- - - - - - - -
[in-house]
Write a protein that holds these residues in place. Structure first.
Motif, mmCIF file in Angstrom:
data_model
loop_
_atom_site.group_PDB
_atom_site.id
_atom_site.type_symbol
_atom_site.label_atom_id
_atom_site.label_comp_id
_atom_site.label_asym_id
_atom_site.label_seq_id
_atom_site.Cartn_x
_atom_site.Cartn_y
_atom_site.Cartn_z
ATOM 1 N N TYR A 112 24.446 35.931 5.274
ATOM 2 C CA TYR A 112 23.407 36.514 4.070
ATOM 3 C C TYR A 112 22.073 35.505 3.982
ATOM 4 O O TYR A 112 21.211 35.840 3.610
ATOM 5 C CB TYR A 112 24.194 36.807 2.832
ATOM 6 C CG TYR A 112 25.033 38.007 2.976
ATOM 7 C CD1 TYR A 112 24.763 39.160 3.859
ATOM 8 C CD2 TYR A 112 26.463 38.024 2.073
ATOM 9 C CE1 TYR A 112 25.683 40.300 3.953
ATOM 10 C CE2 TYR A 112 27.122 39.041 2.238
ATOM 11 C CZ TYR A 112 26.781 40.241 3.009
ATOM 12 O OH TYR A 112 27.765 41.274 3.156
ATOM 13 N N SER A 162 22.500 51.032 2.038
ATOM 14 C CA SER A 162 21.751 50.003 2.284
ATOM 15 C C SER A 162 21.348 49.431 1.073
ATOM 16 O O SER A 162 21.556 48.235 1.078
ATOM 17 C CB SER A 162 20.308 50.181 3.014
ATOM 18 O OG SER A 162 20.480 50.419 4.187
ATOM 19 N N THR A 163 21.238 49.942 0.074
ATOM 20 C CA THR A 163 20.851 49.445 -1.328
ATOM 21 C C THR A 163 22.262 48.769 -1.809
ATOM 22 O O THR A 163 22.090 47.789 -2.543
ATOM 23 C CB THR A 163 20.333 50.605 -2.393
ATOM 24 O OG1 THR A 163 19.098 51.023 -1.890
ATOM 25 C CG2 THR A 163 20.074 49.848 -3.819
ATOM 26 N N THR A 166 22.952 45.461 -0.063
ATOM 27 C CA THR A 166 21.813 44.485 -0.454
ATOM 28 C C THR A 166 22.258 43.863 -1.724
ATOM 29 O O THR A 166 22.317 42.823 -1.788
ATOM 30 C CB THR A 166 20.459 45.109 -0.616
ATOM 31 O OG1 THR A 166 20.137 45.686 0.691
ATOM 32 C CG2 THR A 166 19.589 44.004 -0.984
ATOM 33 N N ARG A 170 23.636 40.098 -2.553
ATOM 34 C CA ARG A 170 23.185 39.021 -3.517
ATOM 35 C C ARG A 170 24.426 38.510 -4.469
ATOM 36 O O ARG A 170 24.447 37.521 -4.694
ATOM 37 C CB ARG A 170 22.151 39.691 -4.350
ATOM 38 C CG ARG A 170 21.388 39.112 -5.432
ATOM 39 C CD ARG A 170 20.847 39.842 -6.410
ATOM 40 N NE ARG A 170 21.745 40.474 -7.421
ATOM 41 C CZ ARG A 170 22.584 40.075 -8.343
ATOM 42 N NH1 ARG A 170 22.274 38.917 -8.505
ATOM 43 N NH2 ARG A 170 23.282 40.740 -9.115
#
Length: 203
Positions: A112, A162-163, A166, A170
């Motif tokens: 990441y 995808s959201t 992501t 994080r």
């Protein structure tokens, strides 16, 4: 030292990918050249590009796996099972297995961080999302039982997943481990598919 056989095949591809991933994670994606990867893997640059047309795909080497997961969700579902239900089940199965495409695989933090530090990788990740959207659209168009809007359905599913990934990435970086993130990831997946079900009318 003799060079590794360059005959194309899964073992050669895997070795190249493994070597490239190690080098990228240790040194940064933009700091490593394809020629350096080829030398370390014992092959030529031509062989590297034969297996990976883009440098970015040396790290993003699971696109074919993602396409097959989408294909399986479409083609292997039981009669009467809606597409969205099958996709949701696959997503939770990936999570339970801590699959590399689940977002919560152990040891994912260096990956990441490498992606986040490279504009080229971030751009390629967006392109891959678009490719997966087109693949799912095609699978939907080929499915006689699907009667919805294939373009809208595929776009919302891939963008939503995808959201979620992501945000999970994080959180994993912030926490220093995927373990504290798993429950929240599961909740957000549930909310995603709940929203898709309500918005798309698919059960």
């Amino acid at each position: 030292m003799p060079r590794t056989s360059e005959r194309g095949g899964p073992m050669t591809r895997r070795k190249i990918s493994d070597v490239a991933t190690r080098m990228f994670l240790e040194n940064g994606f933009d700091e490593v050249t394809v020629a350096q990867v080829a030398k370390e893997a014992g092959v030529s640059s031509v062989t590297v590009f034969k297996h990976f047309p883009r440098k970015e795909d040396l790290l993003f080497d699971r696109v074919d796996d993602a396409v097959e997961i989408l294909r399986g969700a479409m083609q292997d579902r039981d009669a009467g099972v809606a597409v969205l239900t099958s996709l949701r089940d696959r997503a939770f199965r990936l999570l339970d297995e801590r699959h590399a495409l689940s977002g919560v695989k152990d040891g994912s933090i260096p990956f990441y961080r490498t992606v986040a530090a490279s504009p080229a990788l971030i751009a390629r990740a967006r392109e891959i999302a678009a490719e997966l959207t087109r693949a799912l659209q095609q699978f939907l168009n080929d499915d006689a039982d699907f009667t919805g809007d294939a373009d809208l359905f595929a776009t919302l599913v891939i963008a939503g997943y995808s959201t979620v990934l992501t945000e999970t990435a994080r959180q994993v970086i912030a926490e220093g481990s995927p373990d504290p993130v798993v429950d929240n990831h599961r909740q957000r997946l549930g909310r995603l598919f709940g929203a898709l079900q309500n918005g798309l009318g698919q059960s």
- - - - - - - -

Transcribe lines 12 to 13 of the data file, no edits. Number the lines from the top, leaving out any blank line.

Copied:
_atom_site.label_seq_id
_atom_site.Cartn_x